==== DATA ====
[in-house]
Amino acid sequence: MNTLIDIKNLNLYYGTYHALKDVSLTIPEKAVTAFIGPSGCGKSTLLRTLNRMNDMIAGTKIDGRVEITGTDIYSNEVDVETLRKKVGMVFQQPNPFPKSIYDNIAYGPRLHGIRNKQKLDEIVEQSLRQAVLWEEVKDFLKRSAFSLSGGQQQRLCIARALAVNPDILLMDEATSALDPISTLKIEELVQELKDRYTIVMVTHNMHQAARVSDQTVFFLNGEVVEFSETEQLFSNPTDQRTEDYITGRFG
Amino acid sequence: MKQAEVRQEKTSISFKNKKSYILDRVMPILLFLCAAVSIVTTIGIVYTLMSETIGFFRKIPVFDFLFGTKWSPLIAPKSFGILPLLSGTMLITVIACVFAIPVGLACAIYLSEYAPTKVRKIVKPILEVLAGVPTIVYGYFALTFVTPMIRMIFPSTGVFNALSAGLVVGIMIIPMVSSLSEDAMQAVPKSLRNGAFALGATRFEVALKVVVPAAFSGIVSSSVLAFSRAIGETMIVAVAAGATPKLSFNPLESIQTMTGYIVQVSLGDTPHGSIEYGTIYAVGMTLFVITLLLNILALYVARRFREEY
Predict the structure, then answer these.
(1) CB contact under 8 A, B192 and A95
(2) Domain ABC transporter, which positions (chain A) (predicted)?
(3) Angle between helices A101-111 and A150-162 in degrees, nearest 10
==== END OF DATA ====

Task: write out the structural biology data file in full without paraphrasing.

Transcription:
[in-house]
Amino acid sequence: MNTLIDIKNLNLYYGTYHALKDVSLTIPEKAVTAFIGPSGCGKSTLLRTLNRMNDMIAGTKIDGRVEITGTDIYSNEVDVETLRKKVGMVFQQPNPFPKSIYDNIAYGPRLHGIRNKQKLDEIVEQSLRQAVLWEEVKDFLKRSAFSLSGGQQQRLCIARALAVNPDILLMDEATSALDPISTLKIEELVQELKDRYTIVMVTHNMHQAARVSDQTVFFLNGEVVEFSETEQLFSNPTDQRTEDYITGRFG
Amino acid sequence: MKQAEVRQEKTSISFKNKKSYILDRVMPILLFLCAAVSIVTTIGIVYTLMSETIGFFRKIPVFDFLFGTKWSPLIAPKSFGILPLLSGTMLITVIACVFAIPVGLACAIYLSEYAPTKVRKIVKPILEVLAGVPTIVYGYFALTFVTPMIRMIFPSTGVFNALSAGLVVGIMIIPMVSSLSEDAMQAVPKSLRNGAFALGATRFEVALKVVVPAAFSGIVSSSVLAFSRAIGETMIVAVAAGATPKLSFNPLESIQTMTGYIVQVSLGDTPHGSIEYGTIYAVGMTLFVITLLLNILALYVARRFREEY
Predict the structure, then answer these.
(1) CB contact under 8 A, B192 and A95
(2) Domain ABC transporter, which positions (chain A) (predicted)?
(3) Angle between helices A101-111 and A150-162 in degrees, nearest 10